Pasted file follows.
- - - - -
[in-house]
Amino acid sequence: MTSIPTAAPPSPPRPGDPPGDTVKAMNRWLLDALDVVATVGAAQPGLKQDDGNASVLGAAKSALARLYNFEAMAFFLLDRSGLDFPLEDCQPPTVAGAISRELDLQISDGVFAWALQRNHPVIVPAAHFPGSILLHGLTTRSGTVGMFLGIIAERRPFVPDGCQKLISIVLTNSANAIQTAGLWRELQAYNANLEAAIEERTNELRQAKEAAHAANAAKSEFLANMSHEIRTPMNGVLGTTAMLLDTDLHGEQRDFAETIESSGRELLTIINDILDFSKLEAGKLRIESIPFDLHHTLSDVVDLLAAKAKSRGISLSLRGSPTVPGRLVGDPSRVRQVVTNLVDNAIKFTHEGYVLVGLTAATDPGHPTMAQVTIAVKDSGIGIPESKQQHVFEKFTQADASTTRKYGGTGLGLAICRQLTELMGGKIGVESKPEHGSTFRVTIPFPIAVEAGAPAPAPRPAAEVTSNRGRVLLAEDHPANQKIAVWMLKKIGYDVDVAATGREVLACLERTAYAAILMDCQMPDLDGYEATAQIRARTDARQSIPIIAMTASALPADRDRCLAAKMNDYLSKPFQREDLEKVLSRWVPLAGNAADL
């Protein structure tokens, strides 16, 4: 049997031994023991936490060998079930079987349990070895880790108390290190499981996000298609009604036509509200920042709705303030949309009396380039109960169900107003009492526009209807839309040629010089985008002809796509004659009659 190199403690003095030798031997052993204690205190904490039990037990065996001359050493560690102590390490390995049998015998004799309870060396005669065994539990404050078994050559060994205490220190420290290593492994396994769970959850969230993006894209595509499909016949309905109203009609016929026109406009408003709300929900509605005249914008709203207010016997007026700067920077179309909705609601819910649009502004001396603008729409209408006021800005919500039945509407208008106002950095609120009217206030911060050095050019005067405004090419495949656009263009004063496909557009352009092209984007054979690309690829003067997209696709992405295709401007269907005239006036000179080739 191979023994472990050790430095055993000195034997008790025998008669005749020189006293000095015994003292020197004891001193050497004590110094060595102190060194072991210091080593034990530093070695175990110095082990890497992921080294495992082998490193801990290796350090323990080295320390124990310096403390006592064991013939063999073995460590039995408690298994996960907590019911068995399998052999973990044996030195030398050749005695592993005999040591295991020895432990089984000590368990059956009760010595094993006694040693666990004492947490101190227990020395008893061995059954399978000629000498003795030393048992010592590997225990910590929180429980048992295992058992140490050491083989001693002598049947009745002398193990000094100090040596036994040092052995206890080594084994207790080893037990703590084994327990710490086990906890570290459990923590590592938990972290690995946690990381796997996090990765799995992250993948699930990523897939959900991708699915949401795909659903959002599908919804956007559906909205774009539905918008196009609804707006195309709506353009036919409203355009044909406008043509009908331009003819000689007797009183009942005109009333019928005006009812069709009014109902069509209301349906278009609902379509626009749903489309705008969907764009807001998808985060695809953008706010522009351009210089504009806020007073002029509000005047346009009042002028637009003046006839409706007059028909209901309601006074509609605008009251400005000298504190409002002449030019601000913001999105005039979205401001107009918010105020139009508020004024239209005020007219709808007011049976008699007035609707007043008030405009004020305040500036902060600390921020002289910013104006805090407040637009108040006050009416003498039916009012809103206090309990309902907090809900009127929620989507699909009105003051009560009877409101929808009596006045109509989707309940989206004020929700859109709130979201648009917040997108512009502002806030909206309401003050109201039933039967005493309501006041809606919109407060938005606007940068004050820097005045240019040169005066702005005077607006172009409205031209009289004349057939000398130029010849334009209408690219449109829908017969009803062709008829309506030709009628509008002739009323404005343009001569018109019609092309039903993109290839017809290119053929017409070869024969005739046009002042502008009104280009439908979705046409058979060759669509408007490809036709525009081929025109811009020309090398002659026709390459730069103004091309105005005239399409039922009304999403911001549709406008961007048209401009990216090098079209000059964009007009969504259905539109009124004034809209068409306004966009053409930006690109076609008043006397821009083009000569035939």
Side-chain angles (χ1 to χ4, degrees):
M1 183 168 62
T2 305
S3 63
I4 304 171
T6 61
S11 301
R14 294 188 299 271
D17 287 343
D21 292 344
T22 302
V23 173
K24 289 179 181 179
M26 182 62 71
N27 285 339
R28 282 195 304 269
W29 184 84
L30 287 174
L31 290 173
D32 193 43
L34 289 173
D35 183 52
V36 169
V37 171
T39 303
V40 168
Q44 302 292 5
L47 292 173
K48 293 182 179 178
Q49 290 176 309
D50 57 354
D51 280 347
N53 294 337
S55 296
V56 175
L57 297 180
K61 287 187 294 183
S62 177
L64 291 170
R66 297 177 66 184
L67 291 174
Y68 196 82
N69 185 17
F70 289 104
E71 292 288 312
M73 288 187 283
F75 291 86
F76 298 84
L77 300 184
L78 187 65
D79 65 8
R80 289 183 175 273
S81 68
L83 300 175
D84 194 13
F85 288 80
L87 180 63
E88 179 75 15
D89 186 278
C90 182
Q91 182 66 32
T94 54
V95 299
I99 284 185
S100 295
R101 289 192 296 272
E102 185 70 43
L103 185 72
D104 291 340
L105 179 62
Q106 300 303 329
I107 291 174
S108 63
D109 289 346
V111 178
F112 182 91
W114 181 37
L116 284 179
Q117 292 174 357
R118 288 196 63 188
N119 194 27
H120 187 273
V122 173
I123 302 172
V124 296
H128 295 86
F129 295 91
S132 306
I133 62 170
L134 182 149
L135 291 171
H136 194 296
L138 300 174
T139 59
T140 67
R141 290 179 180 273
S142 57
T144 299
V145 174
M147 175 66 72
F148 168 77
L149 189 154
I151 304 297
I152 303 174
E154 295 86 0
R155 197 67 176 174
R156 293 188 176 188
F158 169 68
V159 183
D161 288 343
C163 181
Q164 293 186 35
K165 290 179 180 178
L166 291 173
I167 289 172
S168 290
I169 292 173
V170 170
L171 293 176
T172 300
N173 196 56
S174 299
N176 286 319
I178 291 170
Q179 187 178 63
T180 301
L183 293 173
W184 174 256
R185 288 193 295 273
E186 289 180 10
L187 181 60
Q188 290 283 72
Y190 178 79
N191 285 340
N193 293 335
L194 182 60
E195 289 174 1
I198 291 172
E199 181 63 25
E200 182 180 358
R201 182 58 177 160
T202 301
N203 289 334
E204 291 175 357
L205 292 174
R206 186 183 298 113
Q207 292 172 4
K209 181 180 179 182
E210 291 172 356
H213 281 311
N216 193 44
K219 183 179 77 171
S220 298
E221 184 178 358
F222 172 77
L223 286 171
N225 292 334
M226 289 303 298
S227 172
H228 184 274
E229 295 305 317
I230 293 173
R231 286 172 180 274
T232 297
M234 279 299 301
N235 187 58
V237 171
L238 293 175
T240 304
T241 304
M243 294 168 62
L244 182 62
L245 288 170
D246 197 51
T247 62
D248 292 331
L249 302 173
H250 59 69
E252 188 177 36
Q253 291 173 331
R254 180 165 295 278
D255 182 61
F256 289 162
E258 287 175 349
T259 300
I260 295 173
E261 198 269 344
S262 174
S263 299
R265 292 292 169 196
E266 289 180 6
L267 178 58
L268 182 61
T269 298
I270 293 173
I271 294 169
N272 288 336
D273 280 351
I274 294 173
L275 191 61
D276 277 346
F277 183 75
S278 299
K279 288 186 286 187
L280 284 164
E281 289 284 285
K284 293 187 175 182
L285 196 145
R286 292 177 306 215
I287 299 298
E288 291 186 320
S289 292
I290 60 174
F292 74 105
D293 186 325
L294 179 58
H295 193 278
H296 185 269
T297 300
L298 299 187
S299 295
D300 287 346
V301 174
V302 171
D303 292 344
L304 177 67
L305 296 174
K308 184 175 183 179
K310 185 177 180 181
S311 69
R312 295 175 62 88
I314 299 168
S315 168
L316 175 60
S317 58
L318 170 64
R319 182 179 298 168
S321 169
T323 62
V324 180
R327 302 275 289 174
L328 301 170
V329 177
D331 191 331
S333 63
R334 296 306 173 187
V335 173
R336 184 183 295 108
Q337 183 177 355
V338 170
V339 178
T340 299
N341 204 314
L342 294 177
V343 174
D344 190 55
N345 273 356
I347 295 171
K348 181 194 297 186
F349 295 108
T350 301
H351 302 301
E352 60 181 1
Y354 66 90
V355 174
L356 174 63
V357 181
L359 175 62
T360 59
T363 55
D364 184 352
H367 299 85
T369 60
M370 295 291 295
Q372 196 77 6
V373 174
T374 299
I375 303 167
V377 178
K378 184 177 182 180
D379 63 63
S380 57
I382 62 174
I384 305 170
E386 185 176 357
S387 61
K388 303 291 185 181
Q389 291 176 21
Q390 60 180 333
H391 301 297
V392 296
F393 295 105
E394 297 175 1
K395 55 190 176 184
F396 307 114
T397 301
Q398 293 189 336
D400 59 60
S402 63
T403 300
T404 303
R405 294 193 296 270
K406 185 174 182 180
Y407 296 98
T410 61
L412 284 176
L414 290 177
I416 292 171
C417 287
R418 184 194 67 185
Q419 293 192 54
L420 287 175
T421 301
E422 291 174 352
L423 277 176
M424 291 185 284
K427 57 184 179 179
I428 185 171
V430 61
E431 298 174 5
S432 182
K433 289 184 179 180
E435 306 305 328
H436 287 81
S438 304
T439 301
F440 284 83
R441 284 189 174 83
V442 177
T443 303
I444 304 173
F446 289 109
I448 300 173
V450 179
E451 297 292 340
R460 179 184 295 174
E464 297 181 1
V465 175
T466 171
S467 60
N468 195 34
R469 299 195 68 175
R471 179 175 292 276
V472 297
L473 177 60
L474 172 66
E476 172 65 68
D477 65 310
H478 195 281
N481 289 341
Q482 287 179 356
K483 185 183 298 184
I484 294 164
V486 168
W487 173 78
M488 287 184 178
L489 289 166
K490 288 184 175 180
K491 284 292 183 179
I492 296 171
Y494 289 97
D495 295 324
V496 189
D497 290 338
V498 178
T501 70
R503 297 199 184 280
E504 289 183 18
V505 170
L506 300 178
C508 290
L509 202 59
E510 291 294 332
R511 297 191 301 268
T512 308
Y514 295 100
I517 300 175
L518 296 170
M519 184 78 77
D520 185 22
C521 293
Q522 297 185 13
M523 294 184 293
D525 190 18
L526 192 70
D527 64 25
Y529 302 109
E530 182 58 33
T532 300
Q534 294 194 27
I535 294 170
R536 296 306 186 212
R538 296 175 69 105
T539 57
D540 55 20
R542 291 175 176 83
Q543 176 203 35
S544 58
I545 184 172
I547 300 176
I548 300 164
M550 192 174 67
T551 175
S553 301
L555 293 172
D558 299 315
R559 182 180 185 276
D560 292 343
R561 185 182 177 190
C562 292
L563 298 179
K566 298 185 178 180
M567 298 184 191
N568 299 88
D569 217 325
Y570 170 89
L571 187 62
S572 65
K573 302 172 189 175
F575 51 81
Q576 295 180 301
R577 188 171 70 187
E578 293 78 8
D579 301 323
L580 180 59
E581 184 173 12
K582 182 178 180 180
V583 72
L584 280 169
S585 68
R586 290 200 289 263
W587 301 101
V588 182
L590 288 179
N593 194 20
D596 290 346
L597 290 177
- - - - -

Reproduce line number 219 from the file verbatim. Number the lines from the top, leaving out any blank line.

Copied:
L294 179 58